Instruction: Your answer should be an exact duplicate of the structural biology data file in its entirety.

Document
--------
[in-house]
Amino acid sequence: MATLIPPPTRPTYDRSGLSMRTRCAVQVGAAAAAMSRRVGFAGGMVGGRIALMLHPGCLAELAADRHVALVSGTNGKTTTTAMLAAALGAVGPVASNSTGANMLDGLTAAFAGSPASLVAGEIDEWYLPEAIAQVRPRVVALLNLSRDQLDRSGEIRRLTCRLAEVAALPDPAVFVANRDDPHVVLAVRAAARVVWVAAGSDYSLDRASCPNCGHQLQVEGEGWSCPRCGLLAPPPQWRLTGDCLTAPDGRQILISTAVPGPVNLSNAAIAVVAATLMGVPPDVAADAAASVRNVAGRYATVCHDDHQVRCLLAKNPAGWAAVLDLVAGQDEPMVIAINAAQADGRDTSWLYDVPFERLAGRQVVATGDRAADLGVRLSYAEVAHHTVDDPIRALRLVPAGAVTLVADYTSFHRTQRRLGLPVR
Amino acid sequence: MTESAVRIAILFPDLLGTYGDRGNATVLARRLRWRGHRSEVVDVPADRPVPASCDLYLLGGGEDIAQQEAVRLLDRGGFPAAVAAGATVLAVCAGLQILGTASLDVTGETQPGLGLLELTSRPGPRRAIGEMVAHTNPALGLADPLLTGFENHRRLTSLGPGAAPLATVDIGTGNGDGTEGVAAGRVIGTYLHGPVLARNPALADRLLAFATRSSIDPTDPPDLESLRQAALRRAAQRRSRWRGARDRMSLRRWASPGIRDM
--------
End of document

[in-house]
Amino acid sequence: MATLIPPPTRPTYDRSGLSMRTRCAVQVGAAAAAMSRRVGFAGGMVGGRIALMLHPGCLAELAADRHVALVSGTNGKTTTTAMLAAALGAVGPVASNSTGANMLDGLTAAFAGSPASLVAGEIDEWYLPEAIAQVRPRVVALLNLSRDQLDRSGEIRRLTCRLAEVAALPDPAVFVANRDDPHVVLAVRAAARVVWVAAGSDYSLDRASCPNCGHQLQVEGEGWSCPRCGLLAPPPQWRLTGDCLTAPDGRQILISTAVPGPVNLSNAAIAVVAATLMGVPPDVAADAAASVRNVAGRYATVCHDDHQVRCLLAKNPAGWAAVLDLVAGQDEPMVIAINAAQADGRDTSWLYDVPFERLAGRQVVATGDRAADLGVRLSYAEVAHHTVDDPIRALRLVPAGAVTLVADYTSFHRTQRRLGLPVR
Amino acid sequence: MTESAVRIAILFPDLLGTYGDRGNATVLARRLRWRGHRSEVVDVPADRPVPASCDLYLLGGGEDIAQQEAVRLLDRGGFPAAVAAGATVLAVCAGLQILGTASLDVTGETQPGLGLLELTSRPGPRRAIGEMVAHTNPALGLADPLLTGFENHRRLTSLGPGAAPLATVDIGTGNGDGTEGVAAGRVIGTYLHGPVLARNPALADRLLAFATRSSIDPTDPPDLESLRQAALRRAAQRRSRWRGARDRMSLRRWASPGIRDM